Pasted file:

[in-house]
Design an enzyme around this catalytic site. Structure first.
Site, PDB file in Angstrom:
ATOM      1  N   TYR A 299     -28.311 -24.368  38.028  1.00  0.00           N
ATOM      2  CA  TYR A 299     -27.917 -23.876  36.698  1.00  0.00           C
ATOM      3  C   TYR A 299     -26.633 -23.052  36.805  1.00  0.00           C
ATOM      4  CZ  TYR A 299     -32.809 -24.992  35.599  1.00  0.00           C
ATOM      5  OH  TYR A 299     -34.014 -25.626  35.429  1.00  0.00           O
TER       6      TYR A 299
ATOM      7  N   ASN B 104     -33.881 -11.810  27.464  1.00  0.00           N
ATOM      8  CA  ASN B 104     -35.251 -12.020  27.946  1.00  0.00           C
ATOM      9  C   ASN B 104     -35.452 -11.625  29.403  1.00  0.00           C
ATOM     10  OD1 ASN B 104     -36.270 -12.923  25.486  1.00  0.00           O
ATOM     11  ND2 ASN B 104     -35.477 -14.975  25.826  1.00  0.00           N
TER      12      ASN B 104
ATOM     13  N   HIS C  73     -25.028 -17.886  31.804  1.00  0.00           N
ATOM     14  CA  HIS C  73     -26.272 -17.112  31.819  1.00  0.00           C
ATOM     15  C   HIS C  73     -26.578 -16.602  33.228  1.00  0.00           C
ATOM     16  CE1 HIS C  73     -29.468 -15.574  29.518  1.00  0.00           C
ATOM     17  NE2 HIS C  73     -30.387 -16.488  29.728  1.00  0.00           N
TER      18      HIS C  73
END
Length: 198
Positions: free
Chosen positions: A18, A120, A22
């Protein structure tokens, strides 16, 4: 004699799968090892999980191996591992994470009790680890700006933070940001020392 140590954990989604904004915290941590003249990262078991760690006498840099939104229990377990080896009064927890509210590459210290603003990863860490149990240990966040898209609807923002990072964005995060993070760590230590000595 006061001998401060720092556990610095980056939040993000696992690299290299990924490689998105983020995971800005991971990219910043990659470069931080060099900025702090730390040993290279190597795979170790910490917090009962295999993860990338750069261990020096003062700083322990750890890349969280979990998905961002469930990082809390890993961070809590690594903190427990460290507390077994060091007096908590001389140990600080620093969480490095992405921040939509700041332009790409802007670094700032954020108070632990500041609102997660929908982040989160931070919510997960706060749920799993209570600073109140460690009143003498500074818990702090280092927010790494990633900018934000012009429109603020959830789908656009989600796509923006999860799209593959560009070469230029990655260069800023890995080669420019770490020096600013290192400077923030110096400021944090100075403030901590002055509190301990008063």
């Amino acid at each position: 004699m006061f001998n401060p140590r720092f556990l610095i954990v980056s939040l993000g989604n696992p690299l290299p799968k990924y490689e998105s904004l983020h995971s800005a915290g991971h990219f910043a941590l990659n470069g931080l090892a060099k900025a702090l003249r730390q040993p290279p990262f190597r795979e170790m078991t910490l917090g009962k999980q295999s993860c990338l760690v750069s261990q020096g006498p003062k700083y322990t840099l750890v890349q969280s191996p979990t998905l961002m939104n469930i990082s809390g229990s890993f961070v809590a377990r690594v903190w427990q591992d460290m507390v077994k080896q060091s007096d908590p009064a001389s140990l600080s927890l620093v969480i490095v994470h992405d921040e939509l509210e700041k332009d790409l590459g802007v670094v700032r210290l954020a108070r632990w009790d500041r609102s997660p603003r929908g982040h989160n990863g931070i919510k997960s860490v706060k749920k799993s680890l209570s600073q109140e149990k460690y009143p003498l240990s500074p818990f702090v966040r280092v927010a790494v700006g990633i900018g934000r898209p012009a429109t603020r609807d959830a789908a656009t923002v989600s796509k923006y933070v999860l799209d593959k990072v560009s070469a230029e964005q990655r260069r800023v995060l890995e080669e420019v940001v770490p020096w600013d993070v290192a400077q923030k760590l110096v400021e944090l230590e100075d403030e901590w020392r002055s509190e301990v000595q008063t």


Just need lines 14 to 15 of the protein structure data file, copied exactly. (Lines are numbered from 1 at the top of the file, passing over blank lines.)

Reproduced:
ATOM     11  ND2 ASN B 104     -35.477 -14.975  25.826  1.00  0.00           N
TER      12      ASN B 104